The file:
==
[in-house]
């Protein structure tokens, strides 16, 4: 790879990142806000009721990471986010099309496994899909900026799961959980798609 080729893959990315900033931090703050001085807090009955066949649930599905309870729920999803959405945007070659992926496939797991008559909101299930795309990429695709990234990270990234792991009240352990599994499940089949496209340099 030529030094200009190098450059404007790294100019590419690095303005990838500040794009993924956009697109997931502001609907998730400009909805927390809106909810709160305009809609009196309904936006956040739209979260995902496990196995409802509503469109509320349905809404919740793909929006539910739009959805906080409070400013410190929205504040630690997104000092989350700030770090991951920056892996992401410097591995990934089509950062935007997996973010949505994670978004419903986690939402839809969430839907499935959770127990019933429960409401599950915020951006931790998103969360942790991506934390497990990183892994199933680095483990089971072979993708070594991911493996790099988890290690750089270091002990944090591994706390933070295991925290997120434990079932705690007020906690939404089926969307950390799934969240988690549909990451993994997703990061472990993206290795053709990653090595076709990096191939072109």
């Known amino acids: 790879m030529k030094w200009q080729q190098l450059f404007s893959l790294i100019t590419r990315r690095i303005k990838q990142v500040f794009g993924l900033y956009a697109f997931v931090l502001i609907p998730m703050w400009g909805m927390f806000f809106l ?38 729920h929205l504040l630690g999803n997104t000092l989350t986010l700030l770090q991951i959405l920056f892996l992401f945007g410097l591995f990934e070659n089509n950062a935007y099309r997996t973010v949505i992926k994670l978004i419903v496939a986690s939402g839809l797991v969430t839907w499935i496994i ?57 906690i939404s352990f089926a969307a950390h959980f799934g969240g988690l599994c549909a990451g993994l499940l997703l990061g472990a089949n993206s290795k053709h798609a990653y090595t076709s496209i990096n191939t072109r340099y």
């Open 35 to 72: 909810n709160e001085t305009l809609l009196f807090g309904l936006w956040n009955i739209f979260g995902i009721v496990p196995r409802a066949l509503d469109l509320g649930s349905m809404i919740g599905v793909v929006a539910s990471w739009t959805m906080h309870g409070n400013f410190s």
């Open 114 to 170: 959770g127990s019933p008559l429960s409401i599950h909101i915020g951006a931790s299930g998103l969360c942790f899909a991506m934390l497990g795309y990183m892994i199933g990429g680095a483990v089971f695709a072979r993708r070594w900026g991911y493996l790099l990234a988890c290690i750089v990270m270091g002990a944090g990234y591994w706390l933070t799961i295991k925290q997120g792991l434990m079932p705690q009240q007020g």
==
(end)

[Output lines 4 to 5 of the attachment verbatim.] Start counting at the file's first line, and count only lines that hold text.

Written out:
């Open 35 to 72: 909810n709160e001085t305009l809609l009196f807090g309904l936006w956040n009955i739209f979260g995902i009721v496990p196995r409802a066949l509503d469109l509320g649930s349905m809404i919740g599905v793909v929006a539910s990471w739009t959805m906080h309870g409070n400013f410190s």
């Open 114 to 170: 959770g127990s019933p008559l429960s409401i599950h909101i915020g951006a931790s299930g998103l969360c942790f899909a991506m934390l497990g795309y990183m892994i199933g990429g680095a483990v089971f695709a072979r993708r070594w900026g991911y493996l790099l990234a988890c290690i750089v990270m270091g002990a944090g990234y591994w706390l933070t799961i295991k925290q997120g792991l434990m079932p705690q009240q007020g």